20 April, 2024
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Polish farmers blockading Ukraine border


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The unwillingness of the Ukrainian authorities to resolve this deadlock can be explained by the fact that “Poles feel economically dominated by Kiev,” Konrad Rekas, Polish politician and independent commentator, told Sputnik.

Tractors flying Polish flags blocked highways and major intersections at the country’s border crossings with Ukraine on Tuesday, part of weeks of protests by Polish farmers.

There are several major “blocks of issues” regarding the Polish farmers’ drive to stage mass cross-border protests, Konrad Rekas, Polish politician and independent commentator, said in an interview with Sputnik.k.

First and foremost, the protesters are unhappy with “preferential treatment of agricultural products imported from Ukraine on the Polish market, and as a result also to the EU market,” Rekas said.

He also noted that Poles are well aware that Ukraine’s agri-food production has been taken over by international corporations “or is still in the hands of cosmopolitan oligarchs, just as the so-called Ukrainian transport companies have owners in Germany or the Netherlands.”

“However, this does not change the fact that contaminated food (the infamous ‘technical flour’) often reaches Europe in uncontrolled quantities from Ukraine (often via Lithuania). Major foreign discount chains in Poland also already source basic products from Ukraine. In turn, the so-called Ukrainian transport companies are neither bound by the legal EU regulations regarding the minimum wage nor do they comply with health & safety principles,” the Polish commentator stressed.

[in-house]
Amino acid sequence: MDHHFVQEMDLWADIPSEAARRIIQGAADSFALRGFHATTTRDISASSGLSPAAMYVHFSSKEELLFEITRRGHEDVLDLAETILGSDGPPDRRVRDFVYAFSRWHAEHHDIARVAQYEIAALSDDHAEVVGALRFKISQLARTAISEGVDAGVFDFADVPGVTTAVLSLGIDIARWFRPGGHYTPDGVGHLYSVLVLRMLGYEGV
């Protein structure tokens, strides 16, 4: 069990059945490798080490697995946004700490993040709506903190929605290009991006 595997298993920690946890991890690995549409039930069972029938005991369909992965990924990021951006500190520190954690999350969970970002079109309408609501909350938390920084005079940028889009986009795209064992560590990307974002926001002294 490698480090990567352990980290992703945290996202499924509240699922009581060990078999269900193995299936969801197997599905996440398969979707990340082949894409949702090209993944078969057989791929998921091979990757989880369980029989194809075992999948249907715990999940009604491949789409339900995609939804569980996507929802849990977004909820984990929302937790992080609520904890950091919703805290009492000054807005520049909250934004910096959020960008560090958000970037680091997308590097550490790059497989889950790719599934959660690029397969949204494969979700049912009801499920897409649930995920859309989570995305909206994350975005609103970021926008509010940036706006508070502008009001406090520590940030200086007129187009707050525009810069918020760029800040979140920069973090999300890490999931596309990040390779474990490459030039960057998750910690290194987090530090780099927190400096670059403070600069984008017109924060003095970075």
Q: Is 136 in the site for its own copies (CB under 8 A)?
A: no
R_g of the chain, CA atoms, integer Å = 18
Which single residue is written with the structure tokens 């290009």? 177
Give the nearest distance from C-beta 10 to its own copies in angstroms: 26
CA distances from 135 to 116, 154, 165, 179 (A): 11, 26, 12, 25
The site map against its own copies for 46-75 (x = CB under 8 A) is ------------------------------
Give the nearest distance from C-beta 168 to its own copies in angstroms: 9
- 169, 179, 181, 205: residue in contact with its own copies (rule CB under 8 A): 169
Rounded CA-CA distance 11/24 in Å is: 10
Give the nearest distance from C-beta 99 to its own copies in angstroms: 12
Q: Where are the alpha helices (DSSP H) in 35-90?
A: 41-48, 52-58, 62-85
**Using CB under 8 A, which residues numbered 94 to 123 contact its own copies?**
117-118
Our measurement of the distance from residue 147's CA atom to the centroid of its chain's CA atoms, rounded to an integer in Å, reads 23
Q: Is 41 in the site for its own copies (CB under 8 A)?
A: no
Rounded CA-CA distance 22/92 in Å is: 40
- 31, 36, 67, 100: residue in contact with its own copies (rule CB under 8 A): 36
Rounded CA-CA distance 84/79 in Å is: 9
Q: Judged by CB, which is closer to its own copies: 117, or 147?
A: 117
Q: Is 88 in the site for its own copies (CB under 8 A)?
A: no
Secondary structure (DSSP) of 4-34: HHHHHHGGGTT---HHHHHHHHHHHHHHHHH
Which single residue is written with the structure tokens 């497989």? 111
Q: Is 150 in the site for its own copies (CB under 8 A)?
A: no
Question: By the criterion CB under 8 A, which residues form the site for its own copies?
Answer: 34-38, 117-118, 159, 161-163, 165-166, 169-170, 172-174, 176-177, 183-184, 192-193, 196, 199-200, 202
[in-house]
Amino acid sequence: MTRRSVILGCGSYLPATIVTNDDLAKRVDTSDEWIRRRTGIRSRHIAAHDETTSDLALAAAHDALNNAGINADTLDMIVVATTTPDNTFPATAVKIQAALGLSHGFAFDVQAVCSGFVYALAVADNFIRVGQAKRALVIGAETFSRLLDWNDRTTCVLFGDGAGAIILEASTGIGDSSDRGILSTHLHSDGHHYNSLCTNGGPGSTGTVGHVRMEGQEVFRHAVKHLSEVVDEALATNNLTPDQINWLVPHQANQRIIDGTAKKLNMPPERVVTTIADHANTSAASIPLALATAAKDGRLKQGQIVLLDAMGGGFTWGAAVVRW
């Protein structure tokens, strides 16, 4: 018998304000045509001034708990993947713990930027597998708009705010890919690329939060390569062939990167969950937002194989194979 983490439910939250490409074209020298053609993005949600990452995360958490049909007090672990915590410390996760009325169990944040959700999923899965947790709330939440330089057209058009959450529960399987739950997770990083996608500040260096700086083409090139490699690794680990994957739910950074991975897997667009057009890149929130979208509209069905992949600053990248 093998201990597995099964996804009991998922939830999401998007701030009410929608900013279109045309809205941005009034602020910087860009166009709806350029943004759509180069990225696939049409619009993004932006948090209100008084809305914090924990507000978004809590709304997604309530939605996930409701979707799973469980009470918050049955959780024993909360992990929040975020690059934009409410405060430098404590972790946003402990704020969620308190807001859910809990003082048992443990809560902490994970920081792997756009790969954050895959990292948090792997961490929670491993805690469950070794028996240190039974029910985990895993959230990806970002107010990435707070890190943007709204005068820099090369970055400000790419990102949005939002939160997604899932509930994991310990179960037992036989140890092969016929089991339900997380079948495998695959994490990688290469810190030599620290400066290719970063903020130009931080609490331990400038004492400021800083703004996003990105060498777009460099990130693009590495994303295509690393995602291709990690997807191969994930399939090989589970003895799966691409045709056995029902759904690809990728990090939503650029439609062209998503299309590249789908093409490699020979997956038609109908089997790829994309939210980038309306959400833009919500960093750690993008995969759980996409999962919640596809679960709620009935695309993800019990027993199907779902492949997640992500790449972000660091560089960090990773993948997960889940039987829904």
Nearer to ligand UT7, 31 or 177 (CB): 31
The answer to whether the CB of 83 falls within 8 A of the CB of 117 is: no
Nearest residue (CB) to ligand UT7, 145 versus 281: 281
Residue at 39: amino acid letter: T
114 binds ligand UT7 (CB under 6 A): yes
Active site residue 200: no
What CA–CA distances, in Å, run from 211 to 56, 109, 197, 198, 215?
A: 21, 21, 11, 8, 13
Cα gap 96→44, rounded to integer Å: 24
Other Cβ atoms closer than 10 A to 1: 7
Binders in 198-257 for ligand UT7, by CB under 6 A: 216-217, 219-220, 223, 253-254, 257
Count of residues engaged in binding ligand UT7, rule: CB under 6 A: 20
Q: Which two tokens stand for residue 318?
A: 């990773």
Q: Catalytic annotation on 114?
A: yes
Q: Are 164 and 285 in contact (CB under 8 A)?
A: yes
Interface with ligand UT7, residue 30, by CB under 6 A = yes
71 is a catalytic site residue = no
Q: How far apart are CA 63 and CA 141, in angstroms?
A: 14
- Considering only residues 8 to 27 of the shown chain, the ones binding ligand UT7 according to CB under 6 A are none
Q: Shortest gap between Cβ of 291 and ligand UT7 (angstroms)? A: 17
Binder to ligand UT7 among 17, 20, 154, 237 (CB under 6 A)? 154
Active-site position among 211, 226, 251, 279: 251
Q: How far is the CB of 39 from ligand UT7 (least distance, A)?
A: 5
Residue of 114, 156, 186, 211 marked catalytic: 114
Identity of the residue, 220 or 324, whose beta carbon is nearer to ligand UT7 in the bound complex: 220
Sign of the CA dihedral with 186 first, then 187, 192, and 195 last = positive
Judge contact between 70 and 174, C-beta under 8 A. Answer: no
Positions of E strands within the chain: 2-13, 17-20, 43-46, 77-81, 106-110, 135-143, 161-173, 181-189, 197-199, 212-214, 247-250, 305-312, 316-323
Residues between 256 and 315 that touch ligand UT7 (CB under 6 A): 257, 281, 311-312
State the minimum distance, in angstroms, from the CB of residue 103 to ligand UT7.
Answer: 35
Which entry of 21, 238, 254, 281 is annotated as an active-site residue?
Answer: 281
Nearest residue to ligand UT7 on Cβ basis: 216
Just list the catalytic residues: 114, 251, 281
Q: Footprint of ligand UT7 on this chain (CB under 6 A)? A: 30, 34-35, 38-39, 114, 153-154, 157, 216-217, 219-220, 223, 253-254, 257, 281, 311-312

Asked what Kiev’s reluctance to address the impasse says about the relationship between the two countries, Rekas argued that “Poles feel economically dominated by Kiev. He went on to say that over the past two years, Polish resources have been shrinking while “Ukrainians’ demands are growing.

“The average Pole no longer wants to shop in a European store for the Ukrainians, and we are horrified to see the falling incomes and rising costs of living of Poles. Ukrainians in Poland are free from these worries because the new Sejm extended the tax and social rights of Ukrainians in Poland until June. All this causes more and more Poles to raise the question: help for those in need – yes! Ukrainian privileges – never!” Rekas concluded.

Polish-Ukrainian relations deteriorated significantly last year due to the influx of Ukrainian grain into the EU. Poland, along with Slovakia and Hungary, unilaterally extended a ban on duty-free imports of Ukrainian grain after EU-imposed restrictions expired on September 15, 2023.

Ukraine responded by filing a complaint with the World Trade Organization (WTO). Ukrainian Deputy Economy Minister Taras Kachka said in late September that Kiev would withdraw its WTO complaint against the three EU countries if they provided guarantees that they would not restrict grain exports in the future.

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